What do you think of when the term “customer service” comes to mind? To companies, it is a key segment of business that influences pre-purchase decisions, and post-purchase satisfaction. Pre-purchase customer service may include conversing with customers to find their needs and desires; it can also be offering assistance or information that consumers find helpful. Post-purchase customer service strategies might include surveys, or extra offerings to extend brand loyalty. Post-purchase strategies all have a common goal; to produce useful feedback for future business.
Over the past decade, the social media industry has revolutionized the marketing industry, making it much easier for companies to keep in touch with their customers. Due to a new outlook, companies are now beginning to use social media to its best advantage.
According to Hugo Moreno, a Forbes Magazine contributor, “Listening to unhappy customers can turn them into happy ones.” 2013 results from a University of Marketing study conclude that 77% of successful US companies use Twitter, and 77% use Facebook to contact customers. These companies are now realizing that frequent usage is not always tied to optimal results. Social media consultant Paul Gillin claims social media should not be used for advertising or talking; consumers don’t go to social media sites for advertising, so the moment one starts being pestered with offerings and promotions is the moment they’ll stop listening. Social media however, should be used for assistance and portraying an enjoyable image for the company.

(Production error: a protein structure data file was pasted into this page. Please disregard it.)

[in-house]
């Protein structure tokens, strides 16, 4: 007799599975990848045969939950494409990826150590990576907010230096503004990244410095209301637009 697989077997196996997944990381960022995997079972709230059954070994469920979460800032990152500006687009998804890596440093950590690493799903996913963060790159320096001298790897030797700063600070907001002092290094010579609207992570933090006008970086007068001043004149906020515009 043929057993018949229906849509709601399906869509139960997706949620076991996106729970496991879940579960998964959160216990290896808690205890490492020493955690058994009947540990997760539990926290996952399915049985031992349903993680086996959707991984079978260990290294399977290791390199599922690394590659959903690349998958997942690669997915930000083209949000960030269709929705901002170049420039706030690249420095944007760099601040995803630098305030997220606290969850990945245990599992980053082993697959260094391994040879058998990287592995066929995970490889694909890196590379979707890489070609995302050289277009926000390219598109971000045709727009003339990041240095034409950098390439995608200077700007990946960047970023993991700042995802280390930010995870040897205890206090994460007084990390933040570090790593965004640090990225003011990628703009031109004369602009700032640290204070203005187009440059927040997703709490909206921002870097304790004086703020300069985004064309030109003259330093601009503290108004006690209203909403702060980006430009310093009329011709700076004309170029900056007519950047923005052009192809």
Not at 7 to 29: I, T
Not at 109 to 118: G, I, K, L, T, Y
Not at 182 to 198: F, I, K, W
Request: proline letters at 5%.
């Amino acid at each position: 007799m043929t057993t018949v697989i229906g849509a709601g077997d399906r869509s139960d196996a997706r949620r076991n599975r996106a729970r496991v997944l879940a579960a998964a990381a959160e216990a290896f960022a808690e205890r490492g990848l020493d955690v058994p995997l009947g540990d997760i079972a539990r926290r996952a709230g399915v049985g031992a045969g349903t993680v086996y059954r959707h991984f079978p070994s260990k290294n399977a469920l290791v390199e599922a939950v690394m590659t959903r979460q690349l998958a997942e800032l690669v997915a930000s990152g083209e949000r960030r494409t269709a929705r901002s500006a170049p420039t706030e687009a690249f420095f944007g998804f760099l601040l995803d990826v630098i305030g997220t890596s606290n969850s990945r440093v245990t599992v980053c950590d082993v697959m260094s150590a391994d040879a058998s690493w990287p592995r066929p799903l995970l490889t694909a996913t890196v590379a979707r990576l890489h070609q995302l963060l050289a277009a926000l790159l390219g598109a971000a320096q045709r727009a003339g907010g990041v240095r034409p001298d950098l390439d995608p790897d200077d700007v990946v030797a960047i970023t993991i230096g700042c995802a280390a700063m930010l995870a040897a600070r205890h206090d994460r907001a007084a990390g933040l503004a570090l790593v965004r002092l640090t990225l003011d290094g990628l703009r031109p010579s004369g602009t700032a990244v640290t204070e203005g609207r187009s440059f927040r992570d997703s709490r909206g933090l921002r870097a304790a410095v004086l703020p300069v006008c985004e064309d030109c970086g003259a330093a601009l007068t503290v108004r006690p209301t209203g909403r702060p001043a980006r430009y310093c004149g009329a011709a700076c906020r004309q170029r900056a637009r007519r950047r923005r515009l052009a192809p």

The cellular service company, T-Mobile, is now implementing a new strategy to use social media for “listening and responding to customers concerns.” Their strategy is used to identify trending issues, offer quick responses, and make positive connections. This type of strategy encompasses a more permission marketing approach to customer service, and helps consumers become engaged where and when they want to be.